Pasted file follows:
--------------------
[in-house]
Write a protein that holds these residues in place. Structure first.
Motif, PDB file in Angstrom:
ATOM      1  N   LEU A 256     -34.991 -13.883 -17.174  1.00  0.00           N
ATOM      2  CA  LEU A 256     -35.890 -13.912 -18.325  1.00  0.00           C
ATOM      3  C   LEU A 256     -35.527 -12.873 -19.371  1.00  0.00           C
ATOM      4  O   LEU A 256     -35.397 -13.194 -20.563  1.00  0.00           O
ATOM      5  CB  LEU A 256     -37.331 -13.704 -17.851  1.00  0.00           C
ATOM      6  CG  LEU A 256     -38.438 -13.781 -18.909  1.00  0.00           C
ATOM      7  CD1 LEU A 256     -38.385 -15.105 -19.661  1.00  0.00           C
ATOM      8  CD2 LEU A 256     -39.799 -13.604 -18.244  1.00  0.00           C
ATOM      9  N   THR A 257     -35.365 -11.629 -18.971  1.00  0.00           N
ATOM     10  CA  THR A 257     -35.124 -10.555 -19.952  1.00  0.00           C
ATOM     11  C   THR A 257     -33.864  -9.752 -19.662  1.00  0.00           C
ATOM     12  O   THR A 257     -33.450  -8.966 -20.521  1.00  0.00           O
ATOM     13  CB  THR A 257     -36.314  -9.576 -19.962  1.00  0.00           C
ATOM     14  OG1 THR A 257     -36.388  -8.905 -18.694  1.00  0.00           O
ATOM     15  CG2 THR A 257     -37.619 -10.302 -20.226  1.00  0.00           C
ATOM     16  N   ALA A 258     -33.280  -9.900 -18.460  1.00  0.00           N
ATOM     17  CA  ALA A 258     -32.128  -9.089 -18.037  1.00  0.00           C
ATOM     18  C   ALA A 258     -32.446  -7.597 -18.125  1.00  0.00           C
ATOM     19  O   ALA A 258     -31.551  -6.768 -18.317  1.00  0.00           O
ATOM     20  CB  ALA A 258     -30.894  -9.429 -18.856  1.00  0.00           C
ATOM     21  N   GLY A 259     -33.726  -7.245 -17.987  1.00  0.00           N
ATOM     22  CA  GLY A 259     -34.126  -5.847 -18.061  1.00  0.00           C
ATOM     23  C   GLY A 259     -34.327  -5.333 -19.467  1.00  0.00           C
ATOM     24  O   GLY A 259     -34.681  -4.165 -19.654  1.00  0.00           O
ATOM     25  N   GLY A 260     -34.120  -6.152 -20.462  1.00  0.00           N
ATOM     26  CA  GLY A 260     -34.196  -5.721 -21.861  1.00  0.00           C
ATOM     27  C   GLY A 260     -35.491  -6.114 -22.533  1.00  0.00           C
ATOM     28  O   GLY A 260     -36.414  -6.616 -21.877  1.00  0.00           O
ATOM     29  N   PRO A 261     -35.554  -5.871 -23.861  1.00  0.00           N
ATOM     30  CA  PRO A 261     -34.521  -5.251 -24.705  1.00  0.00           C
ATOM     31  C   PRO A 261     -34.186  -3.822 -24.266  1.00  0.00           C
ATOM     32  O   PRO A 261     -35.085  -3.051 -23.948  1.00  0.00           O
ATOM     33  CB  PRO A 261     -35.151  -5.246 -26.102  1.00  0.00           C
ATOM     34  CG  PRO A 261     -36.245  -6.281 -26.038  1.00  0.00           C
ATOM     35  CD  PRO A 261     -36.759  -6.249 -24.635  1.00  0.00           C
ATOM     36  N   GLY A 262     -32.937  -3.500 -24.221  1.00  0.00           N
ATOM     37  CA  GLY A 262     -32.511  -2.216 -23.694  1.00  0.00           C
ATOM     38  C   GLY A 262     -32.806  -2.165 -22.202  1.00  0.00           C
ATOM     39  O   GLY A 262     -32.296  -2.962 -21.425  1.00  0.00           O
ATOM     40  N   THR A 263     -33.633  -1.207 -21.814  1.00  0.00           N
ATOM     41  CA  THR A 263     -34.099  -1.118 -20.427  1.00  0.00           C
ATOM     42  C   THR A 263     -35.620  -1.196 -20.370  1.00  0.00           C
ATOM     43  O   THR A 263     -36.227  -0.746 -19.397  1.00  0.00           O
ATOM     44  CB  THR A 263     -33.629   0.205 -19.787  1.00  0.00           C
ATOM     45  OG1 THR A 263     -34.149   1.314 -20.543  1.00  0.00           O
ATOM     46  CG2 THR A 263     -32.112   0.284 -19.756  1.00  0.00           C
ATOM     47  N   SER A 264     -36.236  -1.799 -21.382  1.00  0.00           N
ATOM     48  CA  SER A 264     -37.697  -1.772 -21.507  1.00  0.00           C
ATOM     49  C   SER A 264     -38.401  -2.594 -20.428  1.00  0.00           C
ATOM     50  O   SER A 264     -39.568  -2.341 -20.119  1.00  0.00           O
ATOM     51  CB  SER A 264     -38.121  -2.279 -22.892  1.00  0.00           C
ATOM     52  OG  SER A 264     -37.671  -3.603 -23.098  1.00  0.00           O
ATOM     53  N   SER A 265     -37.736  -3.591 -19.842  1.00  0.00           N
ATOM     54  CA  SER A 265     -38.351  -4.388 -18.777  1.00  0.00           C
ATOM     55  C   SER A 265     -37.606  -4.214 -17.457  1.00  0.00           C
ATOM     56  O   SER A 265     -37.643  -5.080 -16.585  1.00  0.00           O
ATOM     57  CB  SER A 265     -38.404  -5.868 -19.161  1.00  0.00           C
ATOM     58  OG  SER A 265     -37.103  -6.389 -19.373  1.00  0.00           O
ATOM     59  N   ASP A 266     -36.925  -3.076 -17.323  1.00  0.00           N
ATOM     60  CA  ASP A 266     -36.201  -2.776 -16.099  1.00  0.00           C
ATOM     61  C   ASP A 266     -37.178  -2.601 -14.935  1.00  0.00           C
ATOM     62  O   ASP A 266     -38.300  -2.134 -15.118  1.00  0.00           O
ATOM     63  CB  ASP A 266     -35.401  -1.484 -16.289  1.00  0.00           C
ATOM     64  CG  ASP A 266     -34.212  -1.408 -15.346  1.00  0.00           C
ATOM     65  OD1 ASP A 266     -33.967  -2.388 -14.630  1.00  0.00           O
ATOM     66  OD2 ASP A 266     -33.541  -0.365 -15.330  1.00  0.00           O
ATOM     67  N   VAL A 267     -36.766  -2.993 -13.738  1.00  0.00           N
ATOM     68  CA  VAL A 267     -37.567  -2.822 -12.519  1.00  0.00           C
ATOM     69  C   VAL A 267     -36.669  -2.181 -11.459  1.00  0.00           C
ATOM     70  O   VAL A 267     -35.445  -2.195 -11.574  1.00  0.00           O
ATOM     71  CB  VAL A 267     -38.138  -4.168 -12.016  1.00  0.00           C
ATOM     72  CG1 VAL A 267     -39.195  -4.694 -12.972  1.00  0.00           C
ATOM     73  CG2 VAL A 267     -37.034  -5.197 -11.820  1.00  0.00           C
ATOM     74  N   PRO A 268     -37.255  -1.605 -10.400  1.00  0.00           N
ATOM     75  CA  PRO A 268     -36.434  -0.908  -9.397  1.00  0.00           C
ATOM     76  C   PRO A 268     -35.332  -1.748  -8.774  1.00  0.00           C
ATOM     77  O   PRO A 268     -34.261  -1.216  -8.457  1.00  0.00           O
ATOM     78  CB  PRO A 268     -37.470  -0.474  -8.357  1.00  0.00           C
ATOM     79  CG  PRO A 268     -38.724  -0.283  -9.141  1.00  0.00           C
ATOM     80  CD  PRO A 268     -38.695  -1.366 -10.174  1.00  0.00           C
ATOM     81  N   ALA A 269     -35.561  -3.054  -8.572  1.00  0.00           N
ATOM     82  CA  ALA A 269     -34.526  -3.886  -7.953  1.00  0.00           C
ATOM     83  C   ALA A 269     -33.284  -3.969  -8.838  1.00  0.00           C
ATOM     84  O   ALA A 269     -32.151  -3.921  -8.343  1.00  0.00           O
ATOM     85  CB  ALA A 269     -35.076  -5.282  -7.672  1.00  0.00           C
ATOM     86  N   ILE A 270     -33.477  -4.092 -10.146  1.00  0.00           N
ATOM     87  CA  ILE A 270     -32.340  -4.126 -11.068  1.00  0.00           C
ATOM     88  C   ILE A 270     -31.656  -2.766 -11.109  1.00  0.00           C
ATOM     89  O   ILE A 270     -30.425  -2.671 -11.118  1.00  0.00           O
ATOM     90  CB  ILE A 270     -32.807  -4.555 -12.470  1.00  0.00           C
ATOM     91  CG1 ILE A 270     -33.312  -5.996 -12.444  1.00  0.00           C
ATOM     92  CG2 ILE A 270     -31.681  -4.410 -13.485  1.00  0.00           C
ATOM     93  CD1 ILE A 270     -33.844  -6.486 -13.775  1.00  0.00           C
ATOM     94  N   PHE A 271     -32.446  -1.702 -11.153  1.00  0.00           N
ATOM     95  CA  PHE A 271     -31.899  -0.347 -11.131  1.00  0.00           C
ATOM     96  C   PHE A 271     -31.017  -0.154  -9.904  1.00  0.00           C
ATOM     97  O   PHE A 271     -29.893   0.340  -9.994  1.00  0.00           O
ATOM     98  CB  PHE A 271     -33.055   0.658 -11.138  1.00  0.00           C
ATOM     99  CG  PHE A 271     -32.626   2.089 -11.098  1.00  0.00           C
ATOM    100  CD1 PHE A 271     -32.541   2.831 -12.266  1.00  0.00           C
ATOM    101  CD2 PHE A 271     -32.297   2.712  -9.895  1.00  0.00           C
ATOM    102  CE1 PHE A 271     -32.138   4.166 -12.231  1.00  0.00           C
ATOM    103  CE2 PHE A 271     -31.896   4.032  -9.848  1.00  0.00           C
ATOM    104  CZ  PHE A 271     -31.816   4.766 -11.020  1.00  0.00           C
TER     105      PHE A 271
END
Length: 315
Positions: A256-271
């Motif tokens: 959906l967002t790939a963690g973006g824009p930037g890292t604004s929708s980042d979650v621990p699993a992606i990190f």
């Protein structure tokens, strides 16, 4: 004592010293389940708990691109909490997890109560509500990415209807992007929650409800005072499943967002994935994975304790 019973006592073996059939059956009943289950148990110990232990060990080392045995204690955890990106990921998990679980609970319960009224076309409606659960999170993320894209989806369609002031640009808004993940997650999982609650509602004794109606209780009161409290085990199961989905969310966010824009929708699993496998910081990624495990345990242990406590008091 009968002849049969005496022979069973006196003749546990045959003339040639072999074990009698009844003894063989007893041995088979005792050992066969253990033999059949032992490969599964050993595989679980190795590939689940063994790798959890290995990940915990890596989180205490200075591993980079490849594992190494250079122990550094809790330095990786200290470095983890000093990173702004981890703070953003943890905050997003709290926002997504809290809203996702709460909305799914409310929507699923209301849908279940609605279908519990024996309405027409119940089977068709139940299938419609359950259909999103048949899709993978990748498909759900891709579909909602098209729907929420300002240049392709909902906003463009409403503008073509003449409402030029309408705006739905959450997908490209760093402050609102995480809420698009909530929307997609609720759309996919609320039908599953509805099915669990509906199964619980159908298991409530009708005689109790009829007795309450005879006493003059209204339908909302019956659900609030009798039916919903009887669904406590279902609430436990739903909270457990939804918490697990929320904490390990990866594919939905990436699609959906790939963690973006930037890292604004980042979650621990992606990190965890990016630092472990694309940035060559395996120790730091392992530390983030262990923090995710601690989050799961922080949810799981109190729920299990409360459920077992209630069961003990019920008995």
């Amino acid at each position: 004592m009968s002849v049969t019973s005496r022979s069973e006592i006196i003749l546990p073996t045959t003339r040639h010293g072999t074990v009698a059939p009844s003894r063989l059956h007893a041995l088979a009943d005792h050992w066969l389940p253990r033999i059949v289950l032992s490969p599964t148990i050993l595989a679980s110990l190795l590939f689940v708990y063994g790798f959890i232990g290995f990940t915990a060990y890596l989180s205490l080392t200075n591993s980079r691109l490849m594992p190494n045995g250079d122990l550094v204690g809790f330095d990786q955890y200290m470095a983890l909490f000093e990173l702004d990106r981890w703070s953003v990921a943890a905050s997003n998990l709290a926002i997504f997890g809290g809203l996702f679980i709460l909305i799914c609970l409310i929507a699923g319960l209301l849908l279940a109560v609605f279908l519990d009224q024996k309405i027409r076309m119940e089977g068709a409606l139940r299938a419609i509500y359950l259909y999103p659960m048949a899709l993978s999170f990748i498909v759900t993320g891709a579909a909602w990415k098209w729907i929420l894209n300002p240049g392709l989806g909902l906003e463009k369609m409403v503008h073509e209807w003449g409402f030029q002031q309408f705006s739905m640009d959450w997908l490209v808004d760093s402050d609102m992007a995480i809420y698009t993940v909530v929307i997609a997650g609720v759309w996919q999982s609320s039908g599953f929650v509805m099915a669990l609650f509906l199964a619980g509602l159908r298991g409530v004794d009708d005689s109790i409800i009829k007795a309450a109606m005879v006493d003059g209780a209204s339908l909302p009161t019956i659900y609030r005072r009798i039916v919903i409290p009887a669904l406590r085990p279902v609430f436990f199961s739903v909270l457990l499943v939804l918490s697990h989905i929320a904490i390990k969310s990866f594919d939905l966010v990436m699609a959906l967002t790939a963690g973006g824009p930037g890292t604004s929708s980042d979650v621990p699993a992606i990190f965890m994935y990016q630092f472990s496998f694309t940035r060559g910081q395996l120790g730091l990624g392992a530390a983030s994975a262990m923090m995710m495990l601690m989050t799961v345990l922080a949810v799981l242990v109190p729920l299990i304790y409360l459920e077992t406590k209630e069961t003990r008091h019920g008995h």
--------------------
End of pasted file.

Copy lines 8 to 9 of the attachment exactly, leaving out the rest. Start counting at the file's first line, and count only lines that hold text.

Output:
ATOM      5  CB  LEU A 256     -37.331 -13.704 -17.851  1.00  0.00           C
ATOM      6  CG  LEU A 256     -38.438 -13.781 -18.909  1.00  0.00           C